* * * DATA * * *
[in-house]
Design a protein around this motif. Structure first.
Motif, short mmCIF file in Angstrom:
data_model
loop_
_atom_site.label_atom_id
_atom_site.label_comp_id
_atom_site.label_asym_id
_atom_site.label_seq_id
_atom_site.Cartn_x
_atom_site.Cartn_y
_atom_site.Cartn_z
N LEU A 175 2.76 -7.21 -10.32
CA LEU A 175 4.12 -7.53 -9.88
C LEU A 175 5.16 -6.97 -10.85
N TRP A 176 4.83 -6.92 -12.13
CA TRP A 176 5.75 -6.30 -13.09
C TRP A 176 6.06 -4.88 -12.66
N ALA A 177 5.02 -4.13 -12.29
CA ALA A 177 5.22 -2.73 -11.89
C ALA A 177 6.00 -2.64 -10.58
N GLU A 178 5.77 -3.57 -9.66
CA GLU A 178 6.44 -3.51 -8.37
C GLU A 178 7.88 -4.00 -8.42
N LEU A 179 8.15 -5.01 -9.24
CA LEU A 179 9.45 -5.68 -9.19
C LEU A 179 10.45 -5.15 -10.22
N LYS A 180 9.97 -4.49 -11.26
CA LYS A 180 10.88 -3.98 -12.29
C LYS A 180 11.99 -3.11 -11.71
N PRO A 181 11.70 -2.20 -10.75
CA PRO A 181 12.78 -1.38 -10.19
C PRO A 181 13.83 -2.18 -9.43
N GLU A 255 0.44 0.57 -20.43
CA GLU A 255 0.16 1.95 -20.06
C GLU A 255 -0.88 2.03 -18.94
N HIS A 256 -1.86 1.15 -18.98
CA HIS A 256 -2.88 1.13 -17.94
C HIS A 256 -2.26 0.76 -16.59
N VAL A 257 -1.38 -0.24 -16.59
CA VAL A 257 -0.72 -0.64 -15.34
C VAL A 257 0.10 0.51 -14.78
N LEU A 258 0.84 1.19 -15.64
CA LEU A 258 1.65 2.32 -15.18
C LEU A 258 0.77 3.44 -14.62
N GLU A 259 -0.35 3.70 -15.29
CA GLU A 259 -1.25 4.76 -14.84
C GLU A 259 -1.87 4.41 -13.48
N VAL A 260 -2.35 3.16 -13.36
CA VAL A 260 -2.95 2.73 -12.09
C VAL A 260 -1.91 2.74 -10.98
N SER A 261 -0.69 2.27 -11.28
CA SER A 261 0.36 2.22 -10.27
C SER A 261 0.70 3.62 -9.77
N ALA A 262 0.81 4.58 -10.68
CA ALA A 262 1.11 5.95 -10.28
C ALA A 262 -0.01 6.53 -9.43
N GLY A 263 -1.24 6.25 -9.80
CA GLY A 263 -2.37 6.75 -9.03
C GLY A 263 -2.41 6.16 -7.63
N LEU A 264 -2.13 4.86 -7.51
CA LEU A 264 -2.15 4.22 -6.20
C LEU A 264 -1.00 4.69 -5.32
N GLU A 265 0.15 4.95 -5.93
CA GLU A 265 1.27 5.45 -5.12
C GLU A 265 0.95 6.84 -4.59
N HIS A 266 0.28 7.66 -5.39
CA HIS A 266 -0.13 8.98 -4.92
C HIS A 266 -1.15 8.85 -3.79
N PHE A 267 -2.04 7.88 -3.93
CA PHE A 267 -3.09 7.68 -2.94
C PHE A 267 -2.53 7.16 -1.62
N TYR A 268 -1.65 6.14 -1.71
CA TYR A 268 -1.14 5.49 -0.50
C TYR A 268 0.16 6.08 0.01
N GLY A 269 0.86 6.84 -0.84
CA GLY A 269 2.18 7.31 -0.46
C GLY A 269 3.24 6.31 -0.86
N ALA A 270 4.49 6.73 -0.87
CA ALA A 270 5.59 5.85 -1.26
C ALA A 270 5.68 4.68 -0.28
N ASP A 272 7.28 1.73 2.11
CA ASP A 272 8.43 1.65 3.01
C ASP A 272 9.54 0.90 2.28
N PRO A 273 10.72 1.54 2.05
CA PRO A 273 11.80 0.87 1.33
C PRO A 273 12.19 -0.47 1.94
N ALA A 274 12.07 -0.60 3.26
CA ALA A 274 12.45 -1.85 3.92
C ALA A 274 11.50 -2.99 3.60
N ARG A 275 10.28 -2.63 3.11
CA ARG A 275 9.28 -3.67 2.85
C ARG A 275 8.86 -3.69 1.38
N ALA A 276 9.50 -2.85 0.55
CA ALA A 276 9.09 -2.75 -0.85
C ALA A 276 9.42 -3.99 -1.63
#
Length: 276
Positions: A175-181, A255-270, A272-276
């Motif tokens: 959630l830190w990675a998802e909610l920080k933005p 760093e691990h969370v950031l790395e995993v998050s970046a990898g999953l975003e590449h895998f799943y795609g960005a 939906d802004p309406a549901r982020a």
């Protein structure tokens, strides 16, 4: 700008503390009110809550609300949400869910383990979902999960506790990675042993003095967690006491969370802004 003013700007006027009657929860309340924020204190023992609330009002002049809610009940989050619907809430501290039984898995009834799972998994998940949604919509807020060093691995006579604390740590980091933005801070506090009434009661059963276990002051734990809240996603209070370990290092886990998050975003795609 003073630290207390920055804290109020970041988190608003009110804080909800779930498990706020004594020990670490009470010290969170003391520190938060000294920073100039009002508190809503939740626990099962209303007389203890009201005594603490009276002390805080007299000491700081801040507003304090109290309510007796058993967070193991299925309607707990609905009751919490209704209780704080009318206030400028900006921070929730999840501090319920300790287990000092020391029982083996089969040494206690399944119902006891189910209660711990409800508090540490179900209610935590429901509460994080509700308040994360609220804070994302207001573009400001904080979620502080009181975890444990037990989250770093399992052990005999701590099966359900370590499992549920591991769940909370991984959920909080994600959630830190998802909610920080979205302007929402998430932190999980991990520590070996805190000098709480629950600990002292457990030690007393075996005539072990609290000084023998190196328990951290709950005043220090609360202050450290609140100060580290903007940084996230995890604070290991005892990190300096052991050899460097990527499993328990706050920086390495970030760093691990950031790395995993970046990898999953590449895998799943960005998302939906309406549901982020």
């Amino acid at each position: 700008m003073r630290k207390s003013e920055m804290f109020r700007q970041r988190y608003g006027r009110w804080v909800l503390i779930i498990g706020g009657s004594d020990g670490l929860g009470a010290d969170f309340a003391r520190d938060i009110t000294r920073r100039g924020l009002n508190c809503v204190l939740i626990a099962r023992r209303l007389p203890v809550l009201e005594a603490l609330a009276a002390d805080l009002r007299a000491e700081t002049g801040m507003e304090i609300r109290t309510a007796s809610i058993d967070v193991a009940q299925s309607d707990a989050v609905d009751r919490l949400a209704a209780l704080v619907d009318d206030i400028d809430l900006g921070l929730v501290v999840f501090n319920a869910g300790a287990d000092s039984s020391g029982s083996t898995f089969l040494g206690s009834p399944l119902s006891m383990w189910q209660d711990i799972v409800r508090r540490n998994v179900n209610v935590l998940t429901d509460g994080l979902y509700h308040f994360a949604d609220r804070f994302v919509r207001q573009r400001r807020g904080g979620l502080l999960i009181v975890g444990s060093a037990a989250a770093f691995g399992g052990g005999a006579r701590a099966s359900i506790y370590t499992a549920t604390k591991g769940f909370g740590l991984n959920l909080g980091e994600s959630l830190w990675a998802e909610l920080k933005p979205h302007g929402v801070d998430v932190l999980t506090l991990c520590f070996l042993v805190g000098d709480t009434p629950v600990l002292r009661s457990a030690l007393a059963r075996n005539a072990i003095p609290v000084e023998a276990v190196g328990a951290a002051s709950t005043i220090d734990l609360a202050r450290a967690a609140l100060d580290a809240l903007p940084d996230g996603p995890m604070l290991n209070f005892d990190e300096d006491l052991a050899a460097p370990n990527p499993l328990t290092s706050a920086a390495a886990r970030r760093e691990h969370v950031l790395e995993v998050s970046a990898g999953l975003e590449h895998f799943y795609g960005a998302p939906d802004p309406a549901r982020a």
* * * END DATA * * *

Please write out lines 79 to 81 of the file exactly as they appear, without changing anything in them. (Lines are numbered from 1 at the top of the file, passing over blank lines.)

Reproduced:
N ALA A 270 4.49 6.73 -0.87
CA ALA A 270 5.59 5.85 -1.26
C ALA A 270 5.68 4.68 -0.28